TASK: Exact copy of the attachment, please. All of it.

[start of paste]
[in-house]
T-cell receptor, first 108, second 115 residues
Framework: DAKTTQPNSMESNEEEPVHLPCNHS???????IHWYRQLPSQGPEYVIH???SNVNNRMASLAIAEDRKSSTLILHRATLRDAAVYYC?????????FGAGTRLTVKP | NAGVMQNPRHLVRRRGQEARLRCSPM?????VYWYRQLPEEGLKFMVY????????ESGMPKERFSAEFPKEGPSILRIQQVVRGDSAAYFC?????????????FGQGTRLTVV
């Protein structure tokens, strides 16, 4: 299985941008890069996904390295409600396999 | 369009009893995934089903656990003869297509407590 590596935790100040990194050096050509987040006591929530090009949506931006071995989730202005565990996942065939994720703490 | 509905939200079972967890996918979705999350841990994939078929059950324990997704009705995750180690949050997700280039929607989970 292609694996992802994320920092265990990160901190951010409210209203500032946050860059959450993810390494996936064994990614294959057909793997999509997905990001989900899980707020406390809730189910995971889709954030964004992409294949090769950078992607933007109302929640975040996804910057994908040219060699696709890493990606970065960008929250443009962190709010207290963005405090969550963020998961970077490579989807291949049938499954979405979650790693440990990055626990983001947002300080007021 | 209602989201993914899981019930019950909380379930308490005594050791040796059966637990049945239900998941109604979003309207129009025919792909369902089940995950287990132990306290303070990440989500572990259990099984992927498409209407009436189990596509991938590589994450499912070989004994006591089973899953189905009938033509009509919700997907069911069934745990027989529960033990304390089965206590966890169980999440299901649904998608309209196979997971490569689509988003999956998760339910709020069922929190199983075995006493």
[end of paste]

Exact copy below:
[in-house]
T-cell receptor, first 108, second 115 residues
Framework: DAKTTQPNSMESNEEEPVHLPCNHS???????IHWYRQLPSQGPEYVIH???SNVNNRMASLAIAEDRKSSTLILHRATLRDAAVYYC?????????FGAGTRLTVKP | NAGVMQNPRHLVRRRGQEARLRCSPM?????VYWYRQLPEEGLKFMVY????????ESGMPKERFSAEFPKEGPSILRIQQVVRGDSAAYFC?????????????FGQGTRLTVV
């Protein structure tokens, strides 16, 4: 299985941008890069996904390295409600396999 | 369009009893995934089903656990003869297509407590 590596935790100040990194050096050509987040006591929530090009949506931006071995989730202005565990996942065939994720703490 | 509905939200079972967890996918979705999350841990994939078929059950324990997704009705995750180690949050997700280039929607989970 292609694996992802994320920092265990990160901190951010409210209203500032946050860059959450993810390494996936064994990614294959057909793997999509997905990001989900899980707020406390809730189910995971889709954030964004992409294949090769950078992607933007109302929640975040996804910057994908040219060699696709890493990606970065960008929250443009962190709010207290963005405090969550963020998961970077490579989807291949049938499954979405979650790693440990990055626990983001947002300080007021 | 209602989201993914899981019930019950909380379930308490005594050791040796059966637990049945239900998941109604979003309207129009025919792909369902089940995950287990132990306290303070990440989500572990259990099984992927498409209407009436189990596509991938590589994450499912070989004994006591089973899953189905009938033509009509919700997907069911069934745990027989529960033990304390089965206590966890169980999440299901649904998608309209196979997971490569689509988003999956998760339910709020069922929190199983075995006493």